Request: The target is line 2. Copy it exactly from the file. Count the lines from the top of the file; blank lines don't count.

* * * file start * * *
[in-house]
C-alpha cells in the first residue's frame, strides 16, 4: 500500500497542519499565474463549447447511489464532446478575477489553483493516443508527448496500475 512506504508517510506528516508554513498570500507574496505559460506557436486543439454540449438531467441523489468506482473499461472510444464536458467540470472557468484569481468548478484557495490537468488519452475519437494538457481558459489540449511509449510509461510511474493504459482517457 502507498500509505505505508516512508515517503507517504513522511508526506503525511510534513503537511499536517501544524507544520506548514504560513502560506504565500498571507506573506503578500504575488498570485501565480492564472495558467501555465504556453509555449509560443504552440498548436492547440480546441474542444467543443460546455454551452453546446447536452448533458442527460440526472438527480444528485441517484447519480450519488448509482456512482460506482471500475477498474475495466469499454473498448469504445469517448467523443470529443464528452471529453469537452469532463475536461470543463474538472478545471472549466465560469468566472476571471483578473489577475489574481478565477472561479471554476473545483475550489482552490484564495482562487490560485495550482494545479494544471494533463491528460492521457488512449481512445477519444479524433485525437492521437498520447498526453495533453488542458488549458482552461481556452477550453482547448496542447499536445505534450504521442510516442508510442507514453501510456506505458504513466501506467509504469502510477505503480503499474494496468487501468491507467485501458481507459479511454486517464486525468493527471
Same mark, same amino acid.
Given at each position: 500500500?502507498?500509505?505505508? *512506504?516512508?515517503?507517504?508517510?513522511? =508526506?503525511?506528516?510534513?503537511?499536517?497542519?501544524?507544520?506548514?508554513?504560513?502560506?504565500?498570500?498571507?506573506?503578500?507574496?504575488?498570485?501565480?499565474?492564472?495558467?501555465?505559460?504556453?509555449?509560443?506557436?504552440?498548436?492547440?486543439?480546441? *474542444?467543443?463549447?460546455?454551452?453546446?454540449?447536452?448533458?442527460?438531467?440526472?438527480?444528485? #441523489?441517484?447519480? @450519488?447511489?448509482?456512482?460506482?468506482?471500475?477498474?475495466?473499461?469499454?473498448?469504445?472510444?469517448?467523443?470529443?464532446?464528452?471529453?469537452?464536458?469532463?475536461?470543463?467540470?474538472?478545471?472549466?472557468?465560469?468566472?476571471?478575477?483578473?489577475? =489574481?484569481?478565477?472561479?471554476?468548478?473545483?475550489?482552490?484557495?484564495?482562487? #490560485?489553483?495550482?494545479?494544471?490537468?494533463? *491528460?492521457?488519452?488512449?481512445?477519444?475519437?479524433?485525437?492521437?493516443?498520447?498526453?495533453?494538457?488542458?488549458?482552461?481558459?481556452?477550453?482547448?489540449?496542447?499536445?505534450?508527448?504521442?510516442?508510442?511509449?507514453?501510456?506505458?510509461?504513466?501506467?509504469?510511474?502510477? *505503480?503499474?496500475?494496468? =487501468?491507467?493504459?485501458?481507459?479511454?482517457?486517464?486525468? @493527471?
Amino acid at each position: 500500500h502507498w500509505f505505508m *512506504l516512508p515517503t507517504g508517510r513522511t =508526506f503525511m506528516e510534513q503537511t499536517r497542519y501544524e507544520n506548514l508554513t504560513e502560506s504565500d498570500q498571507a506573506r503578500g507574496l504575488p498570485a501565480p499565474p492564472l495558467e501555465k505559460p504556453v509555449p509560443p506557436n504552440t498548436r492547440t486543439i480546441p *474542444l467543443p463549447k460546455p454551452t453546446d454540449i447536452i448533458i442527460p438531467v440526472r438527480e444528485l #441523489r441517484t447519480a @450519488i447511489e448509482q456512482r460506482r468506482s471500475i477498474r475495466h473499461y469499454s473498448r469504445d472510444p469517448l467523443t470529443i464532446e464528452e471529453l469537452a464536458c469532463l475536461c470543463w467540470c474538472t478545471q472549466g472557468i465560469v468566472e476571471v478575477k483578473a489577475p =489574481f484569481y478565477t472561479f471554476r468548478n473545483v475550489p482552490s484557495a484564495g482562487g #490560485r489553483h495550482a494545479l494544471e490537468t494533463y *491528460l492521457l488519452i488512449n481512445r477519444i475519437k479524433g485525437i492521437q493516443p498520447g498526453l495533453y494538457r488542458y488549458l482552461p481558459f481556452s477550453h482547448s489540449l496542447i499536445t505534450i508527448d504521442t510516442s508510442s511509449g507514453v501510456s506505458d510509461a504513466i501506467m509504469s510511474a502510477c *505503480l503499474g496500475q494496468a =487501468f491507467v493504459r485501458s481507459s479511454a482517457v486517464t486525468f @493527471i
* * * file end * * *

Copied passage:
C-alpha cells in the first residue's frame, strides 16, 4: 500500500497542519499565474463549447447511489464532446478575477489553483493516443508527448496500475 512506504508517510506528516508554513498570500507574496505559460506557436486543439454540449438531467441523489468506482473499461472510444464536458467540470472557468484569481468548478484557495490537468488519452475519437494538457481558459489540449511509449510509461510511474493504459482517457 502507498500509505505505508516512508515517503507517504513522511508526506503525511510534513503537511499536517501544524507544520506548514504560513502560506504565500498571507506573506503578500504575488498570485501565480492564472495558467501555465504556453509555449509560443504552440498548436492547440480546441474542444467543443460546455454551452453546446447536452448533458442527460440526472438527480444528485441517484447519480450519488448509482456512482460506482471500475477498474475495466469499454473498448469504445469517448467523443470529443464528452471529453469537452469532463475536461470543463474538472478545471472549466465560469468566472476571471483578473489577475489574481478565477472561479471554476473545483475550489482552490484564495482562487490560485495550482494545479494544471494533463491528460492521457488512449481512445477519444479524433485525437492521437498520447498526453495533453488542458488549458482552461481556452477550453482547448496542447499536445505534450504521442510516442508510442507514453501510456506505458504513466501506467509504469502510477505503480503499474494496468487501468491507467485501458481507459479511454486517464486525468493527471